The initialization function is bare. Mainly getting user inputs and passing it to another function initNode():

function init(){
    walletPrivateKey = document.getElementById("walletPrivateKey").value
    walletPublicKey = document.getElementById("walletPublicKey").value
    wsURL1 = document.getElementById("wsURL1").value
    wsURL2 = document.getElementById("wsURL2").value
    node1IsReady = false
    node2IsReady = false
    
    transValue = Web3.utils.toWei(document.getElementById("transValue").value,"ether")
    initNode ("node 1",wsURL1,"web3_1","subscribe_1","timer_1","node1IsReady")
    initNode ("node 2",wsURL2,"web3_2","subscribe_2","timer_2","node2IsReady")
}

InitNode()

InitNode function initializes a node with the given parameters.

function initNode(node_name, wsURL, web3_name, subscribe_name, timer_name,readyFlag_name)
  • node_namenode 1 or node 2.
  • wsURL — the WebSocket URL the user filled in.
  • web3_name — reference to the web3 global instance. The web3 object is from web3.js and is declared at the beginning of code block. In functions, it is referenced as window[“web3_1”] or window[“web3_2”], therefore the parameter is a string. Same for subscirbe_name, timer_name, and readyFlag_name.
  • subscribe_name — reference to the subscription instance. It keeps a WebScoket connection and receives feedback when events are triggered.
  • timer_name — reference to the variables record time.
  • readyFlag_name — reference to a boolean object for the nodes’ readiness for a new transaction.

Below is the pseudocode of initNode():

Create a new web3 instance. 
Connect to the wallet using private key.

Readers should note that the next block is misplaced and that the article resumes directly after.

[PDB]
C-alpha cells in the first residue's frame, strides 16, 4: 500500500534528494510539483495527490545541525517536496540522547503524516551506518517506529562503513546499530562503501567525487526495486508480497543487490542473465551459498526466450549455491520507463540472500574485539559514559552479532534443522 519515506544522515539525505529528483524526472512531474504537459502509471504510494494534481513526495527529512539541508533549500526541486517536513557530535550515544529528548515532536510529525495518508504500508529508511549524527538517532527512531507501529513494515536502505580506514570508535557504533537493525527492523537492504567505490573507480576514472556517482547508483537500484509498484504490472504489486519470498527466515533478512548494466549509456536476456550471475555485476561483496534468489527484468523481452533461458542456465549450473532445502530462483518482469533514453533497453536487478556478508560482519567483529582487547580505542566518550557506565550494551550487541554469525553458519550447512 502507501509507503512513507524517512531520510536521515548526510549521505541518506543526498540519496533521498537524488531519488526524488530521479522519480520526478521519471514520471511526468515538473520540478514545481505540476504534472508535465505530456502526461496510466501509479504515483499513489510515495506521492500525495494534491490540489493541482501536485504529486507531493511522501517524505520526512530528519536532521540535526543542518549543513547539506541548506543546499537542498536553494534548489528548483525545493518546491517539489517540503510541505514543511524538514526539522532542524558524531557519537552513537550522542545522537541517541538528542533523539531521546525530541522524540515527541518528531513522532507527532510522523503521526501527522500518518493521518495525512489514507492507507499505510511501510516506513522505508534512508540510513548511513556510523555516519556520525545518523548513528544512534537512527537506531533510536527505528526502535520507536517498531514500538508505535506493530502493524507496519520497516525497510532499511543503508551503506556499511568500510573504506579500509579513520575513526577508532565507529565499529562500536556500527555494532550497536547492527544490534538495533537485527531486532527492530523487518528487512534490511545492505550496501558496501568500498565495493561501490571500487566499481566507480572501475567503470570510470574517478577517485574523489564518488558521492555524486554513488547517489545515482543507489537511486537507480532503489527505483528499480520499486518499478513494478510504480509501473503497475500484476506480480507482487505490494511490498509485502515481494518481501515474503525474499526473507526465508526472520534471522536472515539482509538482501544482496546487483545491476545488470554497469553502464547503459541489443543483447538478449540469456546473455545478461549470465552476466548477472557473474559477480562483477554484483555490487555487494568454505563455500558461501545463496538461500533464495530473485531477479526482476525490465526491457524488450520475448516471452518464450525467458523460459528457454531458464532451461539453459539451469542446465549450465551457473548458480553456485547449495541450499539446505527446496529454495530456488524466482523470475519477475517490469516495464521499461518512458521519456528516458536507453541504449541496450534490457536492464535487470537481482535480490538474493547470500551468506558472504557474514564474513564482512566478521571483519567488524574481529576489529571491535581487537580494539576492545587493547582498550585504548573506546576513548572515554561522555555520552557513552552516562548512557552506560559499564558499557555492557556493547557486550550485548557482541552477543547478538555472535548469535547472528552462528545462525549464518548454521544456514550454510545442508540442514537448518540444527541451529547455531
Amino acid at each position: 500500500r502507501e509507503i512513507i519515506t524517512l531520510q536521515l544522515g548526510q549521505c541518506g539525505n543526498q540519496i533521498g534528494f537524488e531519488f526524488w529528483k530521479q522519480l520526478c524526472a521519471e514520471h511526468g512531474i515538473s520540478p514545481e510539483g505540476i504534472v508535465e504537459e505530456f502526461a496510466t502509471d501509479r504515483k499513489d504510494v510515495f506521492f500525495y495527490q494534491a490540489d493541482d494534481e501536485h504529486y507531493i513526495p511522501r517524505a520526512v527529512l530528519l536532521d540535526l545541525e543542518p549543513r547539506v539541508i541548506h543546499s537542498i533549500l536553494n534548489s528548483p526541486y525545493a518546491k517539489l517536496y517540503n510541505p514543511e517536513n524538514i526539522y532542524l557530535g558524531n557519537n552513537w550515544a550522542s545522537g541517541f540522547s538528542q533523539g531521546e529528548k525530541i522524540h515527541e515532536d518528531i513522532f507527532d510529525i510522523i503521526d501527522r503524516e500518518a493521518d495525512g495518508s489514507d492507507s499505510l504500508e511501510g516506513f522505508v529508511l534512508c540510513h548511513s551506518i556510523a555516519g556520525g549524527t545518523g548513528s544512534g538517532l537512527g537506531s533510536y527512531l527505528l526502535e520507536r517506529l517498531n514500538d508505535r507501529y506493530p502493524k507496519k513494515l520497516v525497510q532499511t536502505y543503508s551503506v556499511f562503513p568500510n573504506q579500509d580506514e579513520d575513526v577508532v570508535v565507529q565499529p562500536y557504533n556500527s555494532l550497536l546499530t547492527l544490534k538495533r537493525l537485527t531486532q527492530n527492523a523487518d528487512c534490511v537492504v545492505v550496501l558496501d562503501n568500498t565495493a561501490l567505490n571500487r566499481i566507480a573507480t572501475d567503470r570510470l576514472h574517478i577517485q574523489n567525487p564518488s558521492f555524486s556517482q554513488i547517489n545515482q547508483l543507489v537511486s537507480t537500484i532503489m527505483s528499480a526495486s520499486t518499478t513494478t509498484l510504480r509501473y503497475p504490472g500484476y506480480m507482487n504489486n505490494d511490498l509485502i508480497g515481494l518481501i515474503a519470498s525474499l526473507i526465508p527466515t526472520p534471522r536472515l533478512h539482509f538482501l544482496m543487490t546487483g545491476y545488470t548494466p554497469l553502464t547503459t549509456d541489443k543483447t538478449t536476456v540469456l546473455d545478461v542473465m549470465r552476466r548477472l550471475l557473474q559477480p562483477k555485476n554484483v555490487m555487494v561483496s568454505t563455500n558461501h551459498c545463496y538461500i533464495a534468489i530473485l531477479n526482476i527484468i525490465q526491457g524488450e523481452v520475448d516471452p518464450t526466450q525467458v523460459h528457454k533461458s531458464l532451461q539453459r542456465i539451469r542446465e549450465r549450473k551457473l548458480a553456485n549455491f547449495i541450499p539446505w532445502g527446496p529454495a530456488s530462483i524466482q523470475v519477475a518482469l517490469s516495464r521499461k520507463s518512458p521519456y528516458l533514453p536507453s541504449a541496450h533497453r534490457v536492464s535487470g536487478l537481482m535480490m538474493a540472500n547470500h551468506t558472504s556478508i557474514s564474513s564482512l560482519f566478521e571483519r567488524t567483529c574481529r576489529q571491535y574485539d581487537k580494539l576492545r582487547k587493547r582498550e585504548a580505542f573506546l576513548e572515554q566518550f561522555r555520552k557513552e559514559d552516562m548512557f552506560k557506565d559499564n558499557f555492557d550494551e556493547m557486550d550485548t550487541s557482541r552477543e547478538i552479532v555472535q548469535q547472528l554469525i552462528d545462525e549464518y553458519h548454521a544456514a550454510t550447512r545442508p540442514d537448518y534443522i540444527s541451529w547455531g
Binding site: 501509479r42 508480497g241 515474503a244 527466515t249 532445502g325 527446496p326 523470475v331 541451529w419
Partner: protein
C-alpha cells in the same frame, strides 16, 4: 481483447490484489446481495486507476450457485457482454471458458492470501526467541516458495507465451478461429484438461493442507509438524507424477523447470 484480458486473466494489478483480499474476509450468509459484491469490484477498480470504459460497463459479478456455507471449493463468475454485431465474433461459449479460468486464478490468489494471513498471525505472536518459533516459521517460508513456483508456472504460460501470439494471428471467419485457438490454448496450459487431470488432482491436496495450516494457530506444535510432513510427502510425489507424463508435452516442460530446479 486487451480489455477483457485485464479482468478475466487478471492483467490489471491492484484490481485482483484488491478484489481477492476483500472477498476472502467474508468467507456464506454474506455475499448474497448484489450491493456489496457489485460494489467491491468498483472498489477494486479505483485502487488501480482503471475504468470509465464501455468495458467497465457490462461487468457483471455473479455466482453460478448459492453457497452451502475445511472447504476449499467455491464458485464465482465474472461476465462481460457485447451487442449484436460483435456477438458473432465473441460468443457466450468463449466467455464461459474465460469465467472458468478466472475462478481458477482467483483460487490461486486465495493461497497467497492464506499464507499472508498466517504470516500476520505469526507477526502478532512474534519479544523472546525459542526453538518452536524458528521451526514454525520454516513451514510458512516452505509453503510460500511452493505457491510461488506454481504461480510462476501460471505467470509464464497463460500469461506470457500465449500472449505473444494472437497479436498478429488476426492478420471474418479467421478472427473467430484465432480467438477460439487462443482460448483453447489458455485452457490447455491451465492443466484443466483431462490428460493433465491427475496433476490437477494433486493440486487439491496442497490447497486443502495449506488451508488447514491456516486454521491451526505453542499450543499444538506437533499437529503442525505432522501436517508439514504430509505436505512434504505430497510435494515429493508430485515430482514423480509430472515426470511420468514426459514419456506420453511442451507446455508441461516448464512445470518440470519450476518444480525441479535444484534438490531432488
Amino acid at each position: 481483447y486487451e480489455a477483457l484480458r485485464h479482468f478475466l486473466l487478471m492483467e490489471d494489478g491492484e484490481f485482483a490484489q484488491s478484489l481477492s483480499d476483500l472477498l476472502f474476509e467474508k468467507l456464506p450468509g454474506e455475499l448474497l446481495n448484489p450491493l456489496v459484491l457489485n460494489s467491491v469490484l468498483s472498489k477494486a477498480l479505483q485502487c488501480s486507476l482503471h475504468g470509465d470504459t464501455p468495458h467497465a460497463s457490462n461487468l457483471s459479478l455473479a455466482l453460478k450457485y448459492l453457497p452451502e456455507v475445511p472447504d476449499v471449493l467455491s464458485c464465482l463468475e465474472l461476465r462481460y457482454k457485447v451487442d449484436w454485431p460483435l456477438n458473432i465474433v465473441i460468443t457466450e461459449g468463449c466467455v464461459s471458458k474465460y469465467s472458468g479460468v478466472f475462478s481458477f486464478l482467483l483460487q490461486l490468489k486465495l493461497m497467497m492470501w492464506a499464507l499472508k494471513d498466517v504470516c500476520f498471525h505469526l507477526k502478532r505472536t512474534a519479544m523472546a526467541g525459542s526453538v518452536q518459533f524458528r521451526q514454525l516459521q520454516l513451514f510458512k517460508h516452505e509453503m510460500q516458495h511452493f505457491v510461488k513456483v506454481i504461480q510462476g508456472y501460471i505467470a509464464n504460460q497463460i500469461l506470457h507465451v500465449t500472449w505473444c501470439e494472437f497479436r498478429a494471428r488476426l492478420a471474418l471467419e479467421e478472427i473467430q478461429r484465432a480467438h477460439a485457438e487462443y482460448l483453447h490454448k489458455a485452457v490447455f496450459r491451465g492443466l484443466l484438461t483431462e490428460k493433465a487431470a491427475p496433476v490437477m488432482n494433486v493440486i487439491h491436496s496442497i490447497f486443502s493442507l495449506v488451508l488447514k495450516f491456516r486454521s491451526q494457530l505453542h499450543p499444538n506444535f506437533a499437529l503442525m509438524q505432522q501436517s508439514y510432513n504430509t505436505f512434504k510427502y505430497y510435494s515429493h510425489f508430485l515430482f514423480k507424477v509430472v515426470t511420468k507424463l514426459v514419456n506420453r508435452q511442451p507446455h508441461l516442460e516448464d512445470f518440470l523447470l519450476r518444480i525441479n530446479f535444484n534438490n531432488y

Get the balance of the wallet to test if everything is successfully setup. If yes: 
  Update connection success message. 
    Start Ethereum subscription on two events: 
      “connected”:
      If both node1 and node2 are ready, initiate the first transaction 
      “data” :
      Waiting for pending transactions. When it comes in, calculate the      difference between its initiation and receiving timestampe. This event triggers for all transactions, so unrelated transactions are filtered.

pitch()

Transaction is crafted and sent out in the pitch function.

function pitch(){
    var web3_pitcher
    updateInfo("***************")
    updateInfo(pitcher + " is the sender now")
    if(pitcher == "node 1")
        web3_pitcher = web3_1
    else
        web3_pitcher = web3_2
    node1IsReady = false
    node2IsReady = false
    pitch_time = new Date();
    web3_pitcher.eth.sendTransaction({
        from: walletPublicKey,
        to: walletPublicKey,
        value: transValue,
        gas:"21000"
    }).on('sent', function(payload){
    })
    .on('sending', function(payload){
    })
    .on('transactionHash', function(hash){
    })
    .on('receipt', function(receipt){
    })
    .on('error',function(error){
    });
}

When the transaction is finalized, the listening event on.receipt is called. The pitcher is changed and a new transaction is initiated by calling the pitch() function again.

.on('receipt', function(receipt){
        updateInfo("transaction finalised")
        endedTrxHistory.push(receipt.transactionHash)
        console.log(endedTrxHistory)
        if (!node1IsReady)
            updateInfo("node 1 misses")
        if (!node2IsReady)
            updateInfo("node 2 misses")
        if(pitcher == "node 1")
            pitcher = "node 2"
        else
            pitcher = "node 1"
        pitch()
    })

Conclusion

Read more about the web3.js subscription and transaction methods. Feel free to tweak around with the code and try it out on other networks. Have fun playing.

Happy coding!

One more thing

There is an upgradeable version of the app. It is called: The node-lympics! It supports an unlimited number of nodes and a user-defined number of rounds. It is in GitHub repo too, enjoy!